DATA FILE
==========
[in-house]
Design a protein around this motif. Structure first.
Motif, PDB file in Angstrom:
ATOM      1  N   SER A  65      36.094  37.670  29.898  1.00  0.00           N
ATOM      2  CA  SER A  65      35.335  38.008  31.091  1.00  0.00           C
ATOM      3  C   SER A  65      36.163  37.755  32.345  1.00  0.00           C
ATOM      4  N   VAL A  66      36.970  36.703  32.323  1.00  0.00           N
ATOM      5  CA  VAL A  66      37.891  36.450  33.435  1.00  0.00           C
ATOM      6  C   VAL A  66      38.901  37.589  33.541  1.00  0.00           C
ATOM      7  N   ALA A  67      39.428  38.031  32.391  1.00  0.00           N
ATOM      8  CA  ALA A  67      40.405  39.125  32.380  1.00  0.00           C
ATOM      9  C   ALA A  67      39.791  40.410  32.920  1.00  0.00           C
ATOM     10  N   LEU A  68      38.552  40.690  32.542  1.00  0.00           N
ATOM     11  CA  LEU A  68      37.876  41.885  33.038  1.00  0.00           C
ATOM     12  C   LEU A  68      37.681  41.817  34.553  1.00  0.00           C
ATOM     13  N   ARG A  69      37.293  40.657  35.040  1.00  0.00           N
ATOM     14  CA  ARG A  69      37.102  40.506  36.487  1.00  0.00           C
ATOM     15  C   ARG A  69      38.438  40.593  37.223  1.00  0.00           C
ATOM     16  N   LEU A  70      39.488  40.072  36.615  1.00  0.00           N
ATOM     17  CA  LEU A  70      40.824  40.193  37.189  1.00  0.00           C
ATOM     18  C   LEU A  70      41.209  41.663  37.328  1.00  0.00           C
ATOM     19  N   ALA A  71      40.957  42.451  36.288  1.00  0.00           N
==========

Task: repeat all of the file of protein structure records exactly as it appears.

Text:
[in-house]
Design a protein around this motif. Structure first.
Motif, PDB file in Angstrom:
ATOM      1  N   SER A  65      36.094  37.670  29.898  1.00  0.00           N
ATOM      2  CA  SER A  65      35.335  38.008  31.091  1.00  0.00           C
ATOM      3  C   SER A  65      36.163  37.755  32.345  1.00  0.00           C
ATOM      4  N   VAL A  66      36.970  36.703  32.323  1.00  0.00           N
ATOM      5  CA  VAL A  66      37.891  36.450  33.435  1.00  0.00           C
ATOM      6  C   VAL A  66      38.901  37.589  33.541  1.00  0.00           C
ATOM      7  N   ALA A  67      39.428  38.031  32.391  1.00  0.00           N
ATOM      8  CA  ALA A  67      40.405  39.125  32.380  1.00  0.00           C
ATOM      9  C   ALA A  67      39.791  40.410  32.920  1.00  0.00           C
ATOM     10  N   LEU A  68      38.552  40.690  32.542  1.00  0.00           N
ATOM     11  CA  LEU A  68      37.876  41.885  33.038  1.00  0.00           C
ATOM     12  C   LEU A  68      37.681  41.817  34.553  1.00  0.00           C
ATOM     13  N   ARG A  69      37.293  40.657  35.040  1.00  0.00           N
ATOM     14  CA  ARG A  69      37.102  40.506  36.487  1.00  0.00           C
ATOM     15  C   ARG A  69      38.438  40.593  37.223  1.00  0.00           C
ATOM     16  N   LEU A  70      39.488  40.072  36.615  1.00  0.00           N
ATOM     17  CA  LEU A  70      40.824  40.193  37.189  1.00  0.00           C
ATOM     18  C   LEU A  70      41.209  41.663  37.328  1.00  0.00           C
ATOM     19  N   ALA A  71      40.957  42.451  36.288  1.00  0.00           N